In Dukathole, an informal settlement just outside of Johannesburg, South Africa, I wandered the narrow alleys that acted as open sewers and that also separated a thousand shacks and shanties. Visiting the sick and dying in this environment of filth and poverty, the stench of which made me sick to my stomach will remain unforgettable as a major crime against humanity. Children had no other place to play but in those same alleys. One week after I returned to Washington over 1000 children were left homeless when a fire ravaged the community and burned down over 400 shanties and shacks. There will be no Christmas for the children of Dukathole this year.

And the current situation in the Holy Land reminds me that I no longer can live in a world that was once remotely distant and unknown to me. There can no longer be an offered excuse of living in isolation, once the norm of my life and my generation because of the limits of technology and communications. I must face into the reality of a global community that is now as proximate to me as my next door neighbors in Massachusetts were some fifty years ago.

Bethlehem, that quaint town that we so sentimentally sing about each year in the Christmas Carol, “Oh Little Town of Bethlehem” is a community, a next door neighbor to us now painfully divided by the construction of a Wall that if not stopped will reconfigure the birthplace of Christ to only seven square miles; an open air prison with access to it by only three gates; two for people and one for commercial traffic. If unchecked the Wall’s continued construction will ghettoize the Christian population in the city of Christ’s birth. The Wall dividing Israel and Palestine now exists as an emerging symbol of human failure and the braking of sacred trusts given to both Jews and Palestinian Christians and Muslims by the one God that all claim to worship in common. Israel has the right to exist as a free State as do the Palestinians. And Israel must be able to exist, untouched by the horrors of suicide bombers and random acts of violence. Too many Palestinians and Israelis have died already. Tonight, over 2000 years after the birth of Christ, the violent world that Mary and Joseph knew as they celebrated the birth of their first born in the Holy Land has changed very little. The Christmas Story charges each and every one of us to work to end the apartheid in the Holy Land; an apartheid that is destroying the very souls of Palestinians and Israeli’s alike.

Two weeks ago, I was in Iran with a small delegation of Episcopalians. Our purpose was to engage in further inter-faith dialogue; dialogue that has been ongoing in this country and Iran for some time now. I came away from my time there with the realization that we are two deeply religious countries that may be able to advance the prospects of peace by coming to appreciate the holy books and sacred traditions of the three monotheistic faiths that grew from the soil of the Middle East. Along with this appreciation comes a particular emphasis on how the collective wisdom of these traditions can help us create a more peaceful and secure world.

I work as do my inter-faith colleagues with the common understanding that we all worship the same God but that our experiences of knowing that God through our traditions are very different and often contradictory; yet we all spring from the same source of life, Father Abraham. Jews know and experience God through Moses, the Prophets and the Law. Christians know and experience God through the great miracle of the Incarnation that we celebrate tonight through the birth of Jesus. For Muslims God is known and experienced through the Koran and the teachings of the great Prophet Mohammed.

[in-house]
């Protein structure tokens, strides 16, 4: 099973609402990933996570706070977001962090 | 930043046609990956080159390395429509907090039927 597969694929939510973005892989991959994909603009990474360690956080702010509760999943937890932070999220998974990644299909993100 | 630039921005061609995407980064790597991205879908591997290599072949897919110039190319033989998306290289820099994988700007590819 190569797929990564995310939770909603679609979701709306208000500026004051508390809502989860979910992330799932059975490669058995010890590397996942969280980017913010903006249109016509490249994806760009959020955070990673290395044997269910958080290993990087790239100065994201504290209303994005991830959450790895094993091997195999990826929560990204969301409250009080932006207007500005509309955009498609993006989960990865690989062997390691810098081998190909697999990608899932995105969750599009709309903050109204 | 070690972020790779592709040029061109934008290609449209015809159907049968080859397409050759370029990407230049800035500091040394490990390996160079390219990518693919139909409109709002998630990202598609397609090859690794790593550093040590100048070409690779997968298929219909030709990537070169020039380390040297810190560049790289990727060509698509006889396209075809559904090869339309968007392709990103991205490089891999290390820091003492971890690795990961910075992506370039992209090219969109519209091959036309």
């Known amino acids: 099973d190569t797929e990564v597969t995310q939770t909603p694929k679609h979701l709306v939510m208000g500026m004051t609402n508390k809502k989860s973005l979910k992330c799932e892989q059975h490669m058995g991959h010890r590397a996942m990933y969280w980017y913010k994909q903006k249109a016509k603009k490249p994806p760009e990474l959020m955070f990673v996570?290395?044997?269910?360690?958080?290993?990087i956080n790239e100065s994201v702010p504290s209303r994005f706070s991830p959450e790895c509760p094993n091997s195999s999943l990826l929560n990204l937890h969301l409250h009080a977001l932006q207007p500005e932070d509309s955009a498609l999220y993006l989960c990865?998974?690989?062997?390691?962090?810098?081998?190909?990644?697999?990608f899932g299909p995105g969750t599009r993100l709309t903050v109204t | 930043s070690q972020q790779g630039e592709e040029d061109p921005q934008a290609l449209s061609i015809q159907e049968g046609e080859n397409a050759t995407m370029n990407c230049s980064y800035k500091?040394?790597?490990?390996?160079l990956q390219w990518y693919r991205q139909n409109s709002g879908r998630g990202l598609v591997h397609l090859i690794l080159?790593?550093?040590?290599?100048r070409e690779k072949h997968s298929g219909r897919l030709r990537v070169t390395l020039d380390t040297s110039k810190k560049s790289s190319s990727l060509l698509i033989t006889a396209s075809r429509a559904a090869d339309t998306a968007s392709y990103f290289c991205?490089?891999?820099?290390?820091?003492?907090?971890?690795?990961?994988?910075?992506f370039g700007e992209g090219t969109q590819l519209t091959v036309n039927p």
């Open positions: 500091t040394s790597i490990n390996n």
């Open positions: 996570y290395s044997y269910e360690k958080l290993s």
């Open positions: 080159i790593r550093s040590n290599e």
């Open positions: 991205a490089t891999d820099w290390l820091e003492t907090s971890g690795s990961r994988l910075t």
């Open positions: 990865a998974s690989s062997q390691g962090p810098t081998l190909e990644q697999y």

As I sat in the airport in Tehran, waiting to catch my plane back to the United States, it seemed so strange that someone who grew up so long ago in isolation in such a small New England town, at a time when the Middle East existed only in the imagination of childhood nativity pageants and parish outdoor crèches-that I was now there, in the thick of it.

The mission of engaging in interfaith dialogue that must continue in order to establish a level of trust and relationships that search for peace in a horribly violent and broken world is a search that only religious dialogue and conversation can accomplish. It can no longer occur through diplomatic or foreign policy channels alone. I realized at that moment in Tehran that as a Christian, I have the responsibility as a child of Abraham, along with my Jewish and Muslim counterparts to overcome the temptation to view religion either as a call to arms or an invitation to a world apart. For religion must be understood as the arena in which ordinary Jews, Christians and Muslims can pursue mutual understanding and build the necessary foundations for peace.

Tonight’s celebration of Christ’s birth is a reminder that we are not only to follow the one born and known as the Prince of Peace but that as Christians we are called by Jesus to engage the world in his name, remembering His mission as prophesied by the Prophet Isaiah who said; ”Behold my servant, whom I uphold, my chosen, in whom my soul delights. I have put my Spirit upon him, he will bring forth justice to the nations. He will not cry or lift up his voice, or make it heard in the street; a bruised reed he will not break, and a dimly burning wick he will not quench; he will faithfully bring forth justice. He will not fail or be discouraged till he has established justice in the earth, and the coastlands wait for his law.”

I wish you all a merry Christmas and ask you to join with me in the active search for the greatest gift the world could ever receive at this time of its existence, the gift of peace, as it has been given to each of us by the Prince of Peace. Will you now come and be a part of this great work of the Church remembering on this holiest of nights that Jesus doesn’t ask us to worship him; he begs us to follow Him!